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A Better Economy Could Be Causing Fewer Insured

This week, JLF’s Jordan Roberts published a research brief on the recently released Census Bureau report on health insurance coverage in 2018. Roberts writes:

The total number of individuals without health insurance increased from 2017 to 2018. Many media pundits and health scholars contend that these numbers are proof that the Trump administration is attempting to “sabotage” the Affordable Care Act (ACA or Obamacare). However, this notion does not hold up to scrutiny.

The overall uninsured rate went up by .5 percentage points. Notably, much of the decreases in insurance rosters came from Medicaid and private insurance. Medicare and TRICARE both saw raises in enrollment over the same timeframe. Roberts writes that the structure of Obamacare itself may be the reason for these decreases in the total insured population:

Across the country, Medicaid enrollment decreased by 0.7 percentage points. Given the strong economy and low unemployment, we should be encouraged to see a decrease in Medicaid rolls due to increased wages that make some ineligible for Medicaid.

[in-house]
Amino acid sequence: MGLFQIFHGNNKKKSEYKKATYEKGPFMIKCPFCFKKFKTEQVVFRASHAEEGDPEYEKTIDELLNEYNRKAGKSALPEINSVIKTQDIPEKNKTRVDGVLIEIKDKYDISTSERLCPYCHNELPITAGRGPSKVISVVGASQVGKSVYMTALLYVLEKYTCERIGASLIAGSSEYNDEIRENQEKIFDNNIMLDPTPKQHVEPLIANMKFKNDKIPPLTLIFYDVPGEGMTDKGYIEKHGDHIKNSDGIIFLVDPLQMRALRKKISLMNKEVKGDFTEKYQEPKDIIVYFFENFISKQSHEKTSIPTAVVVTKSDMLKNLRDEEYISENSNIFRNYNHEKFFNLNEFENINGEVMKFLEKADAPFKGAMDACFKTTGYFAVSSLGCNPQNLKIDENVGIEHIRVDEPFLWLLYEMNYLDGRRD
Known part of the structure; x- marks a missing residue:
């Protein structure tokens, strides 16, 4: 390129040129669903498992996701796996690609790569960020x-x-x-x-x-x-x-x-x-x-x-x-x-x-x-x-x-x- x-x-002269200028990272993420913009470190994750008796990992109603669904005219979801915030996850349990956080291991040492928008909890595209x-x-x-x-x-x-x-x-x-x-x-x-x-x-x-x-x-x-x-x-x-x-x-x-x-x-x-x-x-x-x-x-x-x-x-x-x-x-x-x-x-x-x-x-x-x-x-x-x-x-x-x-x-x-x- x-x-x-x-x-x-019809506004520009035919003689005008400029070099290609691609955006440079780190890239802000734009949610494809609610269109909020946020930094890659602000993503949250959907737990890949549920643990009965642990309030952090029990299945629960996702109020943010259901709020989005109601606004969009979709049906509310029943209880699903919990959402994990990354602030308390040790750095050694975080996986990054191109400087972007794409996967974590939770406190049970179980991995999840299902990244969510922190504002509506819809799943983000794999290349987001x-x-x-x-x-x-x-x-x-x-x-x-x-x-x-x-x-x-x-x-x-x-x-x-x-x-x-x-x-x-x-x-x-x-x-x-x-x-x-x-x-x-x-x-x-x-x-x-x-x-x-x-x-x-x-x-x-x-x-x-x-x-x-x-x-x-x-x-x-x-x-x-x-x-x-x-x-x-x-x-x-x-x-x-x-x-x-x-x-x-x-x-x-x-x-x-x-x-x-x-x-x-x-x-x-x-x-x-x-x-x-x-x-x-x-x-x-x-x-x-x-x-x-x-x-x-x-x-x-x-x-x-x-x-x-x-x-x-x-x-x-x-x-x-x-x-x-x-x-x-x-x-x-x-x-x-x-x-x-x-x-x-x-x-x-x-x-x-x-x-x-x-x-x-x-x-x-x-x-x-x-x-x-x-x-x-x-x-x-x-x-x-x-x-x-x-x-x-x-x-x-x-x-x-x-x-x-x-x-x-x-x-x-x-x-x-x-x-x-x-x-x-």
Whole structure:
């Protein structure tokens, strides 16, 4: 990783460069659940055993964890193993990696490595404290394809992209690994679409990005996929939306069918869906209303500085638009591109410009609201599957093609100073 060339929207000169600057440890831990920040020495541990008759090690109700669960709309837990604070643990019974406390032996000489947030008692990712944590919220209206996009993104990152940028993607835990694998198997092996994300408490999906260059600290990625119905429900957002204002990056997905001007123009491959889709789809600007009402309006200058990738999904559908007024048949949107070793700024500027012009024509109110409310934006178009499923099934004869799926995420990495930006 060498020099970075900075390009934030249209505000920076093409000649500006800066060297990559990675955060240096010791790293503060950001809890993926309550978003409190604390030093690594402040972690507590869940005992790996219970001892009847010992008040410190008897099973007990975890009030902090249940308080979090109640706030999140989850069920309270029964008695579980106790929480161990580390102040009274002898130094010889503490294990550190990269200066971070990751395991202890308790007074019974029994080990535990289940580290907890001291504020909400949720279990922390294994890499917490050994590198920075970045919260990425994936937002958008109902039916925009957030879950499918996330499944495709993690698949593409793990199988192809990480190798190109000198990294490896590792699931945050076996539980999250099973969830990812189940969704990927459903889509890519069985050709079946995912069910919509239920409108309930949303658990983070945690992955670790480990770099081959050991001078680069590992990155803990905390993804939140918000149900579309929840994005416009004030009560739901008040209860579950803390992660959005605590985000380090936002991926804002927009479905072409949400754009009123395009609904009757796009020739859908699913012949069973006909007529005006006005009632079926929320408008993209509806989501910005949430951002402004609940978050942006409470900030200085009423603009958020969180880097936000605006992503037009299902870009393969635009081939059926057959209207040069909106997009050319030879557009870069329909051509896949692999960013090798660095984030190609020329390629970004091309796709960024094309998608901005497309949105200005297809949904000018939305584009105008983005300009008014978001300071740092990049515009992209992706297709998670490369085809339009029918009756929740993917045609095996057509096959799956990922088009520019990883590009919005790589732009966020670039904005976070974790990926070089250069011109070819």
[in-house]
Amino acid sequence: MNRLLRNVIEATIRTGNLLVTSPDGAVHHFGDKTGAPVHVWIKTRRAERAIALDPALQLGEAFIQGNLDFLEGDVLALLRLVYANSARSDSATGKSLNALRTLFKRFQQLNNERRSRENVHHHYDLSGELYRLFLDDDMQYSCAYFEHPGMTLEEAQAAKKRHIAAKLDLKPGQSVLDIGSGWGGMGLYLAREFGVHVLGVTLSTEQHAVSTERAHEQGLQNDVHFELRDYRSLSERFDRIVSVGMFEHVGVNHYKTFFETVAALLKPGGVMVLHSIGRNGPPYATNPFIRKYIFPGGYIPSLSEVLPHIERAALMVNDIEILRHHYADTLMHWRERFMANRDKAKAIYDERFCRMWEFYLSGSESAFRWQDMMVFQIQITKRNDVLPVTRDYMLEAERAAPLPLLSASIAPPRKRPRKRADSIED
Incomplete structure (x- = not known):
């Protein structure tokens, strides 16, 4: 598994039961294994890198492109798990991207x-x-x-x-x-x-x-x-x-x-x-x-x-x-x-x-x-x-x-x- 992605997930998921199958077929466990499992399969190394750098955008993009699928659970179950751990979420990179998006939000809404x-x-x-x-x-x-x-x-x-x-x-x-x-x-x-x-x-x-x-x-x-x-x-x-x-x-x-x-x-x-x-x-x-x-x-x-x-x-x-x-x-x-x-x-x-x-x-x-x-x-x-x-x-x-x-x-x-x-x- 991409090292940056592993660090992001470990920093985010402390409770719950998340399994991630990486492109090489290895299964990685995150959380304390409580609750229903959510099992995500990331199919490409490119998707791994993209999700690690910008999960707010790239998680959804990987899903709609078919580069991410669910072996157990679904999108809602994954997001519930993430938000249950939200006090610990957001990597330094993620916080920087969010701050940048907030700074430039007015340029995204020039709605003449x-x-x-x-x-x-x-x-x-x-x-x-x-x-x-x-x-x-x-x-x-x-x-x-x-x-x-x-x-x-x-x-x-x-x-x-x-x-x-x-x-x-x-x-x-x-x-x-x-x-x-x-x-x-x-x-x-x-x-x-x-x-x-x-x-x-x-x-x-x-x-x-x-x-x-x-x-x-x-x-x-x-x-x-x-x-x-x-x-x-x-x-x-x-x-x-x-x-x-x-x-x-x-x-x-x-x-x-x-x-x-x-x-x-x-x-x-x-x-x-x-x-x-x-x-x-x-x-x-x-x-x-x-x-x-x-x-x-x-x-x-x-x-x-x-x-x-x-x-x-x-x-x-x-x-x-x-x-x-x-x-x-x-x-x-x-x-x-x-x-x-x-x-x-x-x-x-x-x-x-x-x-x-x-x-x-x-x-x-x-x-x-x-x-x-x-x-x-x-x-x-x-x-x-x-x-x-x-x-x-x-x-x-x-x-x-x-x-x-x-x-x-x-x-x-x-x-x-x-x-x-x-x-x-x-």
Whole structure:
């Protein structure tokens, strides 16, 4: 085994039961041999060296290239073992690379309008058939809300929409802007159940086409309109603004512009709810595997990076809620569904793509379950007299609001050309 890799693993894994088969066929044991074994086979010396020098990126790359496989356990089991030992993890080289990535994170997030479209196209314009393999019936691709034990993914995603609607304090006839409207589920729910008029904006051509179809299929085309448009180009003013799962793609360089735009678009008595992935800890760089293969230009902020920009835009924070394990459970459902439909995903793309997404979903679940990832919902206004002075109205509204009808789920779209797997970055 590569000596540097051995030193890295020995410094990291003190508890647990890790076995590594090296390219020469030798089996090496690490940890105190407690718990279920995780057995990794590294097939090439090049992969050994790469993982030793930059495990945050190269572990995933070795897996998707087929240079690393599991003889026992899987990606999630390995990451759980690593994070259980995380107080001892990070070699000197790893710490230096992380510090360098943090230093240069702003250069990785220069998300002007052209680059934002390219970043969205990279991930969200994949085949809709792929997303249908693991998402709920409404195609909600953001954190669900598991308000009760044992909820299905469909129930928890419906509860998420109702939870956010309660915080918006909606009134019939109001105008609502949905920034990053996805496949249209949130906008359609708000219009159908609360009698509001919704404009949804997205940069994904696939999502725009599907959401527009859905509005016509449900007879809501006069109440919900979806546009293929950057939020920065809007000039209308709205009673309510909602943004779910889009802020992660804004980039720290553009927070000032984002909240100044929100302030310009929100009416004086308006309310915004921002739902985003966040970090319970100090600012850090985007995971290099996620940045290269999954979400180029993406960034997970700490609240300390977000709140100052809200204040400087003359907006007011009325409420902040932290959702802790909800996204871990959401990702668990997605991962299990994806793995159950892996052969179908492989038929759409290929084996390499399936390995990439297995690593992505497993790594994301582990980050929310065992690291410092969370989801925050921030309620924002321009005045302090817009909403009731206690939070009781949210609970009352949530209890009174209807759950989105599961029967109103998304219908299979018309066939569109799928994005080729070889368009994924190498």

In addition to people waging out of Medicaid, households are waging out of subsidies for the individual market. Roberts quotes Brain Blase, President at the National Economic Council, to explain:

The number of uninsured Americans in households with income above 400 percent of the poverty line increased by 1.1 million from 2017 to 2018, and the number of uninsured in households with income above 300 percent of the poverty line — about $75,000 for a family of four — increased by 1.6 million. (Most other income groups saw small year-over-year changes in the number of uninsured.) These are people in the middle class, often without an offer of employer coverage, who are playing by the rules and simply can’t afford Obamacare plans since they don’t qualify for a subsidy — people the Trump administration’s health-care reforms are designed to help.

Roberts explains:

The ACA did provide coverage for some who previously did not have it, but others were harmed by the ACA. Now, a few years after its implementation we see that many people can’t afford coverage due to rising premiums and no subsidies. This phenomenon is likely the reason for the decline in insurance coverage, not “sabotage” as so many have claimed.

Read the full brief here. Read Roberts’ breakdown of the Trump administration’s health care proposals here.

Brenee Goforth / Marketing and Communications Associate

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